Oppy continues to sit happily and quietly on Greeley Haven, keeping herself busy with in-depth studies of the rocks around her and the structure of the planet beneath her. We’re now, I think, maybe three weeks away from Oppy’s departure from Greeley – I’m just guessing, no inside knowledge or information! – so we have a little while longer to enjoy the stunning panoramic view from Oppy’s winter haven. When she leaves where will she go? Will she head north, trundling down to the northern edge of Cape York to study the outcrops and dunes there, before driving back down the eastern side of the Cape, taking a look at that v-shaped valley hacked out of the Cape’s edge? Or will she just turn around and head back the same way she came, back down towards and past Oyssey crater, with all its rocks and ejecta, maybe stopping to take a look at a few more of those Homestake-like gypsum veins before rolling off Cape York and heading south, to Solander Point and the Tribulation Hills, where the largest deposits of those phylosillicate clays are waiting to be studied? Time will tell…
I’ve been thinking about Greeley Haven a lot recently, or rather the future of it, and I’m sure that, in the future, people – tourists, historians, and others – will flock here to see for themselves what Oppy saw all those years…maybe centuries… before. Just as we can follow the famous “Oregon Trail” across the American West, following in the tracks of the pioneers and settlers, people of the future will follow the “Opportunity Trail”, trekking in led, organised tour groups, as a family or just alone, from Oppy’s landing site at Eagle Crater right down here to Endeavour, passing Endurance and Victoria along the way, passing those meteorites she found (or, rather, models of those meteorites; the originals will, if the martians of the future have any sense of history) be collected up and placed on display in a museum, to keep them safe from black market collectors and artefact smugglers) and posing beside notable locations before reaching the statue marking Oppy’s final resting place – wherever that ends up being…
Out of those musings came a new astropoem, which I’m printing below. I’m publishing it here before it goes up on my poetry blog, so you get to read it first. I hope you enjoy it – and the artwork, which took me hours to create, but was definitely, I think, worth it… 🙂
Somesol a so-tired tour guide
Will lead vacationing families
To this place one final time,
Their faces beaming behind gold-plated visors –
Some sun-starved and pale,
Betraying their martian birth;
Others Terra-tanned and dappled
With sweat, clearly not yet used
To the confines and cloying heat of a p-suit –
All clutching cameras as they climb
The Shoemaker spine of Cape York
To stand huffing and puffing by Greeley Haven.
Ever patient, the Guide will smile,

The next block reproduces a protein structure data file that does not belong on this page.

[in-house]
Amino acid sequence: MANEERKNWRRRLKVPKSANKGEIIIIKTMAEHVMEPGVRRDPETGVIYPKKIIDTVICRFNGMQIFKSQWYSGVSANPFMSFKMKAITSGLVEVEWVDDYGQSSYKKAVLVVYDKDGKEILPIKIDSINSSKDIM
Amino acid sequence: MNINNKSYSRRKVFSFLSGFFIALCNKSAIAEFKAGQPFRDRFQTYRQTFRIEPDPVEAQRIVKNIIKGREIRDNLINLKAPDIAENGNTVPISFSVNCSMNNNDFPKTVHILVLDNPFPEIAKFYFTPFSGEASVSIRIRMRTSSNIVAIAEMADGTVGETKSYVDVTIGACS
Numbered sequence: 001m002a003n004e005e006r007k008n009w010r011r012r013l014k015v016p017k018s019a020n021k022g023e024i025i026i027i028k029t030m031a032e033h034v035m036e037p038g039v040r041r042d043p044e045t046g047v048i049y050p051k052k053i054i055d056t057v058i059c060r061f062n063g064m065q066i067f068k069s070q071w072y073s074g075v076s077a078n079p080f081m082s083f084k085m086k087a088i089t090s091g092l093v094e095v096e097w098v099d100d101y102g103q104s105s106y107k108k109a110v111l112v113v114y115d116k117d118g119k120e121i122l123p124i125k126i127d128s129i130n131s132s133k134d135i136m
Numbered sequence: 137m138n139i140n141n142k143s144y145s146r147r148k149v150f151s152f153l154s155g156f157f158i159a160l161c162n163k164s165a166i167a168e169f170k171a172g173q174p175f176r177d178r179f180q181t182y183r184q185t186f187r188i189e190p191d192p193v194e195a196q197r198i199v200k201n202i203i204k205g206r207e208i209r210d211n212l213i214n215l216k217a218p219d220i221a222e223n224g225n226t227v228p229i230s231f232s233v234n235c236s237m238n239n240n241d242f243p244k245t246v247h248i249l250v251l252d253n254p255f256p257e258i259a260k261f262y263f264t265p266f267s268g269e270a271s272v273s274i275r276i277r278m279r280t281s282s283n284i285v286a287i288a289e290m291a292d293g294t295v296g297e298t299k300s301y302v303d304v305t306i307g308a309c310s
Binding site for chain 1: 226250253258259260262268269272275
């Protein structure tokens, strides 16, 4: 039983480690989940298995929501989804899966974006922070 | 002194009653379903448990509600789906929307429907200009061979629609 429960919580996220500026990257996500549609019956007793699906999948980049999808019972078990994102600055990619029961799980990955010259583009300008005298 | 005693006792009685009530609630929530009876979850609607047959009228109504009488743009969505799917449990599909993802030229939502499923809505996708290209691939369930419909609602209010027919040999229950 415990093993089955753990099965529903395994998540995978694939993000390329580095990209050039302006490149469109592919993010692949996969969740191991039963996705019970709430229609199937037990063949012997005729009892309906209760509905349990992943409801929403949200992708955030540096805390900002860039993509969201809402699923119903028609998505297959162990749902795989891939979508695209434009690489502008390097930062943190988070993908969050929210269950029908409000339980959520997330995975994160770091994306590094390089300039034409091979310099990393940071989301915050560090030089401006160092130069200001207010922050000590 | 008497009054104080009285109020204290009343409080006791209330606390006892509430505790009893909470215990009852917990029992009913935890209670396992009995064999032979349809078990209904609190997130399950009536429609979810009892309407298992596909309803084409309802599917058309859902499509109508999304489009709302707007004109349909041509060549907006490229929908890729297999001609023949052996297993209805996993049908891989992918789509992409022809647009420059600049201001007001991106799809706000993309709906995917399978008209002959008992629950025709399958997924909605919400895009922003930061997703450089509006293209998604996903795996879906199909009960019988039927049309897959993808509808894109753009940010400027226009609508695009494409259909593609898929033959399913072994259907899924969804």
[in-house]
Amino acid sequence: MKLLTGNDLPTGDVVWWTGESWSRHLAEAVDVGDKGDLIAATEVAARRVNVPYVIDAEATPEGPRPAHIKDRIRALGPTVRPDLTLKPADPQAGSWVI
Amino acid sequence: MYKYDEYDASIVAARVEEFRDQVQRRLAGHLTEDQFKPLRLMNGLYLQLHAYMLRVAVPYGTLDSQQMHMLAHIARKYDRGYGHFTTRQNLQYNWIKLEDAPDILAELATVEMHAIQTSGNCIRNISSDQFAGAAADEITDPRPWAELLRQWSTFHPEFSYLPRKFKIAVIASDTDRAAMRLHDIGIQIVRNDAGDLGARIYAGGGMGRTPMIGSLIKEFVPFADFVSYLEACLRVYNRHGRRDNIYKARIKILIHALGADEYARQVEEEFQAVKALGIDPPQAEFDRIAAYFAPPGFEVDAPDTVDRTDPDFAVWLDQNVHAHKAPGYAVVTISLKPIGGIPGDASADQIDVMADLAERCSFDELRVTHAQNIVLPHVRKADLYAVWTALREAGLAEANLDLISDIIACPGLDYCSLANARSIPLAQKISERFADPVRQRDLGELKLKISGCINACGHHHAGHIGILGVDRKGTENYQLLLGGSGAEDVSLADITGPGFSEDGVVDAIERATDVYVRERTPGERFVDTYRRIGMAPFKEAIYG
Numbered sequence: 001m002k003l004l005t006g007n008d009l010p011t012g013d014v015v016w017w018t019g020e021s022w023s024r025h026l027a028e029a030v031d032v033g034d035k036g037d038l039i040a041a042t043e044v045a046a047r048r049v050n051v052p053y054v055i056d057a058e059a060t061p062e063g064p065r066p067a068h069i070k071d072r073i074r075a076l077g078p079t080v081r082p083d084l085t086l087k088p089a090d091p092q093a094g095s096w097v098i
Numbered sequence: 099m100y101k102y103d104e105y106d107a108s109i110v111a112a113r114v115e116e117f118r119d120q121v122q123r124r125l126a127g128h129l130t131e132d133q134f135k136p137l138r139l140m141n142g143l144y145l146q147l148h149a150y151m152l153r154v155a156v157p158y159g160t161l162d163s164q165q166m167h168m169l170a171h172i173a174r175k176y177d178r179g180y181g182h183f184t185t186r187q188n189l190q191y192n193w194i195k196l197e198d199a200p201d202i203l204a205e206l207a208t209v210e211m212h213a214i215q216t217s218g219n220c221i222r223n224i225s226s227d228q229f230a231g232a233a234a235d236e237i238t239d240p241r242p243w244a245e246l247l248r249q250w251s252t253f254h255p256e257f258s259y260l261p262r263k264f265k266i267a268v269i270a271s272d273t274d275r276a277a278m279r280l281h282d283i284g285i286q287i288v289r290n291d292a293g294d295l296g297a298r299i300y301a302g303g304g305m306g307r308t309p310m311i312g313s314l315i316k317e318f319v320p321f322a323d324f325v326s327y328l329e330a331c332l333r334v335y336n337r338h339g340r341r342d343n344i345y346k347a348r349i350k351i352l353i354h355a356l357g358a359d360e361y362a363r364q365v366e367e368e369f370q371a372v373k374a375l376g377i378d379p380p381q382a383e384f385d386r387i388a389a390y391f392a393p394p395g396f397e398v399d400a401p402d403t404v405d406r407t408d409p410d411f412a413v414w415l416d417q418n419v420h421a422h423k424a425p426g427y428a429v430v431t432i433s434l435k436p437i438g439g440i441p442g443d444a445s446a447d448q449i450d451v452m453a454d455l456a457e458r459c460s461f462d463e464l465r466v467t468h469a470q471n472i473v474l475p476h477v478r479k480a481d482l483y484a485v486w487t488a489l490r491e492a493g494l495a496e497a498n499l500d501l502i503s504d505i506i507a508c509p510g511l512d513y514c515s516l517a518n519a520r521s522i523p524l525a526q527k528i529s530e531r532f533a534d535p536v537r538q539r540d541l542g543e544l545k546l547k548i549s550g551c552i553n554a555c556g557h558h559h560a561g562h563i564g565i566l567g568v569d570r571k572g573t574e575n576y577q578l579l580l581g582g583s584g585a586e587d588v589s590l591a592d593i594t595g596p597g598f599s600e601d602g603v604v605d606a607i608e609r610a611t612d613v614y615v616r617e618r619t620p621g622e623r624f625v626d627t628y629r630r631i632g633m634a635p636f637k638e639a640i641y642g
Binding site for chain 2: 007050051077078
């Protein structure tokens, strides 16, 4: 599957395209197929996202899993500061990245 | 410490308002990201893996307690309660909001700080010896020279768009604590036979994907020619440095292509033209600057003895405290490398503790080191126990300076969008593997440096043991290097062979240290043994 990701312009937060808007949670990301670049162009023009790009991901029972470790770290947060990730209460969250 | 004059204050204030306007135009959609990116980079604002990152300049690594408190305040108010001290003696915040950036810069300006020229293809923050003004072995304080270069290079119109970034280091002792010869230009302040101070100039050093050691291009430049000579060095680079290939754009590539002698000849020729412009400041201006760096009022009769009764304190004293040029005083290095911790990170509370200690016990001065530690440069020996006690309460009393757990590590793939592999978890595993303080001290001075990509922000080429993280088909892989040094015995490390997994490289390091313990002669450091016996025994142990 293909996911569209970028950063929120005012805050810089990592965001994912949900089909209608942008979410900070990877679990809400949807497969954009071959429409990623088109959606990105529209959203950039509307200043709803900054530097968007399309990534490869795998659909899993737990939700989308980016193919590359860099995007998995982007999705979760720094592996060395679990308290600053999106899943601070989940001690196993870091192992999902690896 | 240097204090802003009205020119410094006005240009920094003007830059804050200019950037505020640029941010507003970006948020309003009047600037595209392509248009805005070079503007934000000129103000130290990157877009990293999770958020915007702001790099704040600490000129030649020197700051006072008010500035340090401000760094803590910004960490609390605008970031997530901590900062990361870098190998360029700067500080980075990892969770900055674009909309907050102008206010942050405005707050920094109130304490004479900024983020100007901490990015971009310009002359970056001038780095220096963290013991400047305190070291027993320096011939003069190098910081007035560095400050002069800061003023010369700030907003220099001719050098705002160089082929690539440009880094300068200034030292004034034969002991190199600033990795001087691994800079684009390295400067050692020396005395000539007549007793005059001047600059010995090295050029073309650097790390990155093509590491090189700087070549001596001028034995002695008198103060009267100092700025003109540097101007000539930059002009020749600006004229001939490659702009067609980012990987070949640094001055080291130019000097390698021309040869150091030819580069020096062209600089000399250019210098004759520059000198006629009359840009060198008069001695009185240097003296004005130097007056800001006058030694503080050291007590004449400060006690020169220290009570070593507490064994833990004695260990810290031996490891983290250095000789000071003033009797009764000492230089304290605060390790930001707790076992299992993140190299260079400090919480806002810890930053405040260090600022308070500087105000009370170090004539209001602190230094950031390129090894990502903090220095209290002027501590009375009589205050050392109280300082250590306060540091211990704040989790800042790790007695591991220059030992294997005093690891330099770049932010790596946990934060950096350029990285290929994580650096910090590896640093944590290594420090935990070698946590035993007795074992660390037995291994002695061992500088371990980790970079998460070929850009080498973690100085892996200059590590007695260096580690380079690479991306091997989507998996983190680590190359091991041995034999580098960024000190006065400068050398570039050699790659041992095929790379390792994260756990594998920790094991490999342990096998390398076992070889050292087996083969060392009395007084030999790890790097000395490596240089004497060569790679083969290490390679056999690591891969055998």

Describing for the millionth time how,
A hundred years before, brave Opportunity –
Left alone on Mars after Spirit’s death-by-quicksand
In Husband Hill’s dark shadow, half a world away –
Rested her weary wheels on these very stones,
Before rolling creakily away, continuing her epic
Quest for Clays beneath Ares’ butterscotch sky…
Fighting to be heard above the herds of screaming
Children; trying to stop their parents prodding
And poking at the ancient sites; shooing wooing teens
Away from Tisdale 2 as they try to etch their names
Into its aircraft carrier deck, she’ll count to ten,
Again and again and again, until it’s finally time
To lead her party off the hill back down into Endeavour Town,
Its modules shining white as a pile of broken bones
On the crater floor below…
As the footsore sightseers scatter in search of bars
Or the comfort of their beds, instead
The Guide will turn and head right back up to the Cape,
Striding past the gaping pit of Odyssey;
Skirting the sepia standing stones of Stoughton
Until she arrives back at Greeley’s rocky slope
And sits down with a heartfelt sigh, blissfully alone, at last,
Drinking in the landscape through a besotted lover’s eyes.
Behind her – the setting Sun, a ball of blue ice
Falling, leaf-slow, through the lavender alien sky;
In front – the Faraway Hills, hump-backed mountains
Marking Endeavour’s eastern side, their peaks painted
A dozen Picasso shades of orange, ginger and gold,
All afire with martian Alpenglow,
Their cratered slopes and bases already deep in shadow;
And beyond her booted feet, cast on the crater’s floor
By the fading Sun – her own silhouette surrounded by
A faerie-light halo: The Glory of Mars, right there for all to see.
Sitting there, with Earth shining o’er her shoulder,
A firefly fluttering blue and green above Victoria’s
Distant Capes she’ll know that there’s no other place,
On any world waltzing around any of the Milky Way’s
Cream-stirred-into-coffee Catherine wheel of stars,
She’d rather be, at the end of this, her final day.
© Stuart Atkinson 2012
You’ve taken me to Mars.
Then my work here is done. 🙂
I love your flights of fancy. Thanks for the beautiful poem.
I think we might have to wait longer than three weeks to leave the winter sunbathing spot, though. Three weeks only takes us to solstice:
Stuart, so beautiful a vista to behold and to watch the gloaming light, fade so slowly into night.
Exquisite. Left me teary-eyed.